Do you remember when you first discovered the stories of Alice’s Adventures in Wonderland?
“Alice in Wonderland”,
“Through the Looking Glass”,
“What Alice Found There”.
I do. We were living in Germany and I was 10 years old. I received my first copy of the book “Alice in Wonderland” as a Christmas gift. I remember it was freezing cold, too cold even for us kids to play outside. So cosying up and getting lost in a book – an intriguing book – was perfect.
What did you feel when you first read the book, or watched the film?
I was fascinated. The tales of a little girl’s adventures in Wonderland were heroic and wild. Who can forget creatures with names like the Mock Turtle, the Gryphon, the Cheshire Cat; all scarily-funny and memorable.
I didn’t realise how memorable it was until I had to choose a name for my blog. “The HR Rabbit Hole” popped in my mind. Nonsense. But somehow it made perfect sense.
The words of the eccentric Queen of Hearts provided the perfect inspiration for my blog post on how to build your creativity muscle.
This year marks the 150th anniversary of the first publication of Lewis Carroll’s “Alice’s Adventures in Wonderland”. In honour of this landmark event, I blew the dust off my old book and started to read this fantastical tale again. Now in the interests of full disclosure; a few decades have passed since I first read “Alice”. I am still enchanted; but with fresh and older eyes, I see some valuable nuggets of wisdom that can help improve how we make some life and business decisions.
Let’s pull sense from nonsense for a fresh take on the usual. Here are my top picks of curiously relevant useful titbits from the story. Follow me down the rabbit hole…
1. The Queen of Hearts: She is one of the scariest characters in Wonderland with a terrifying temper, constantly threatening to execute her subjects. “Off with their heads!” She never carries out her threat; but uses it as a way to keep her subjects in a state of fearful compliance. In the game of croquet with live flamingos for mallets and live hedgehogs for balls, she makes up her own rules and changes the game to suit her whim. Her leadership style is that of a powerful, mean and unpredictable ruler who needs to win every time. This character, male OR female, wields power using position and prestige. Perhaps you know a character like this.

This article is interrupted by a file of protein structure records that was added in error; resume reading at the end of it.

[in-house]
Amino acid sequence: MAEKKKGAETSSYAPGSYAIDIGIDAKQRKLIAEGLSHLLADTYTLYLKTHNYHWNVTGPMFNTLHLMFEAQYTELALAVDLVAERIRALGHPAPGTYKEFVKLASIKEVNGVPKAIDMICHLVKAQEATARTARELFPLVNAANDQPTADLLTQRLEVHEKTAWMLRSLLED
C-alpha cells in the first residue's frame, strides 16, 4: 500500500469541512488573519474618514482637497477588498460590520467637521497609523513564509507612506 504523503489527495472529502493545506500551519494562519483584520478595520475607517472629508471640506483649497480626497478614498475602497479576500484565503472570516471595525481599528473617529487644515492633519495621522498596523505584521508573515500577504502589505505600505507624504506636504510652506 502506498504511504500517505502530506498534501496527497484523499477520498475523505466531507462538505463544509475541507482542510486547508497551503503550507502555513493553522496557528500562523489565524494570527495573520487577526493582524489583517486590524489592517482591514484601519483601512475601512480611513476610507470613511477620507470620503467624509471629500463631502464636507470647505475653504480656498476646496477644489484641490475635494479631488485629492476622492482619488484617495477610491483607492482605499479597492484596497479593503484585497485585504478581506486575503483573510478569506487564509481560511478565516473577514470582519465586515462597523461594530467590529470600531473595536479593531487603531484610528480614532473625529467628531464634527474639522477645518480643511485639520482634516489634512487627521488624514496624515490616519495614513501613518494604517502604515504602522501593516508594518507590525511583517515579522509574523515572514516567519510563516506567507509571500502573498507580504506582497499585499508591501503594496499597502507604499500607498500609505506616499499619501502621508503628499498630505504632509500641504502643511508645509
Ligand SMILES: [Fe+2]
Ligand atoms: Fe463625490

A Follow-Worthy Leader? YES/NO?
2. Alice: “She generally gave herself very good advice (though she seldom followed it)”. The answer to knowing the right thing to do often lies within us. Stop. Listen to and act on that nagging feeling or gut instinct. Sometimes you need to follow yourself.
3. The Duchess with the baby: “If everybody minded their own business; the world would go round a deal faster than it does.” If you value your business; you need to pay close attention, minding it and tending to it daily. If you don’t, who will?
4. The Hatter’s wisdom: “I don’t think…” “Then you shouldn’t talk,” said the Hatter. To avoid communication crashes, decide to first put your brain in gear before your mouth goes into motion.
5. Alice and the Cheshire Cat exchange words:
Alice. “Would you tell me please, which way I ought to walk from here?”
“That depends a good deal where you want to get to,” said the Cat.
“I don’t much care where-” said Alice.
“Then it doesn’t matter which way you walk,” said the Cat.
“- so long as I get somewhere, added Alice…
“Oh you are sure to do that,” said the Cat, “if you only walk long enough.”
What’s your destination or goal? How will you get there? Whether your goal is to customise your service offering, change your career or start a new (ad)venture; it is critical to have a plan or road map to achieve those goals. The plan can be flexible or linear; as bold or as subtle as you like; but it must be YOUR plan. Own it! Without a plan, you will end up on a road to Nowheresville and your goal(s) always out of reach. Decide how long is long enough to walk to achieve your goal.
Do you have any more great tips from Alice in Wonderland?